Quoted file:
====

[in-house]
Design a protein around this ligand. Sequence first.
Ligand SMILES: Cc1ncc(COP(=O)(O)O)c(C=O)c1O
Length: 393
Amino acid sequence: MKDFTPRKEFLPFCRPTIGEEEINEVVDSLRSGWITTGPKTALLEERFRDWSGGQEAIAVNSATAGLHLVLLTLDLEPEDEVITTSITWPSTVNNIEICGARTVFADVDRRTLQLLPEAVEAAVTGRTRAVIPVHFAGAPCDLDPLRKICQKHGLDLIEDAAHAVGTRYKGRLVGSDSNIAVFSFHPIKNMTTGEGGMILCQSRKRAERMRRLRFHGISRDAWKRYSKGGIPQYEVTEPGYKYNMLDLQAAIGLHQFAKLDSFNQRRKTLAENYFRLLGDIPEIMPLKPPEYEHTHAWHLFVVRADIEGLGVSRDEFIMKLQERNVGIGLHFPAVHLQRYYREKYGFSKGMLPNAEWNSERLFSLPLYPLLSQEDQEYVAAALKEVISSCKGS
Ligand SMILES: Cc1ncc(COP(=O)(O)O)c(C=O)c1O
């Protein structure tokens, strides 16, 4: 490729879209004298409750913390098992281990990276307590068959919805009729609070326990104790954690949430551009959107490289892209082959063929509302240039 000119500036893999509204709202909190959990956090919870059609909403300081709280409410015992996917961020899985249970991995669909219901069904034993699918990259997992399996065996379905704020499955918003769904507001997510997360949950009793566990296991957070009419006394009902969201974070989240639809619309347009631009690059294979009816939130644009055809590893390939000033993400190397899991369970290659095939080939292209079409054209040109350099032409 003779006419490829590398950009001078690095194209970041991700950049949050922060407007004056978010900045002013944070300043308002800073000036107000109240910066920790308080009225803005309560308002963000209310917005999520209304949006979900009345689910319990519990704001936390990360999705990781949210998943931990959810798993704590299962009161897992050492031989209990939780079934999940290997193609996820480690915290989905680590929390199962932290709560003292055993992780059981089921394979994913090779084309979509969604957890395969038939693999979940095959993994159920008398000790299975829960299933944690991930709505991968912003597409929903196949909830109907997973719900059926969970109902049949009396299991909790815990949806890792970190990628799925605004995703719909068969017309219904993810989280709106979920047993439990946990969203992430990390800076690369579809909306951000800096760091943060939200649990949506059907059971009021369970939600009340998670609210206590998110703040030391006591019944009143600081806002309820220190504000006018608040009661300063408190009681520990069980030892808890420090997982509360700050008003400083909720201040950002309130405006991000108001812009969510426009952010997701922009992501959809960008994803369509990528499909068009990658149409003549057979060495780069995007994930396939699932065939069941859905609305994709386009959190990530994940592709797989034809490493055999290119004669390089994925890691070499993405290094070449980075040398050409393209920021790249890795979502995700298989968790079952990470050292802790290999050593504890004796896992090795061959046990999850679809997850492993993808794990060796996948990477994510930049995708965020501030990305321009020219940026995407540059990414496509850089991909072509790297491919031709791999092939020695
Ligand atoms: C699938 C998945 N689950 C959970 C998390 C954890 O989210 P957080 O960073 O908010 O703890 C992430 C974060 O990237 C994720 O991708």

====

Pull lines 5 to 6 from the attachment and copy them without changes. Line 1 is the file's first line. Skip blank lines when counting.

Amino acid sequence: MKDFTPRKEFLPFCRPTIGEEEINEVVDSLRSGWITTGPKTALLEERFRDWSGGQEAIAVNSATAGLHLVLLTLDLEPEDEVITTSITWPSTVNNIEICGARTVFADVDRRTLQLLPEAVEAAVTGRTRAVIPVHFAGAPCDLDPLRKICQKHGLDLIEDAAHAVGTRYKGRLVGSDSNIAVFSFHPIKNMTTGEGGMILCQSRKRAERMRRLRFHGISRDAWKRYSKGGIPQYEVTEPGYKYNMLDLQAAIGLHQFAKLDSFNQRRKTLAENYFRLLGDIPEIMPLKPPEYEHTHAWHLFVVRADIEGLGVSRDEFIMKLQERNVGIGLHFPAVHLQRYYREKYGFSKGMLPNAEWNSERLFSLPLYPLLSQEDQEYVAAALKEVISSCKGS
Ligand SMILES: Cc1ncc(COP(=O)(O)O)c(C=O)c1O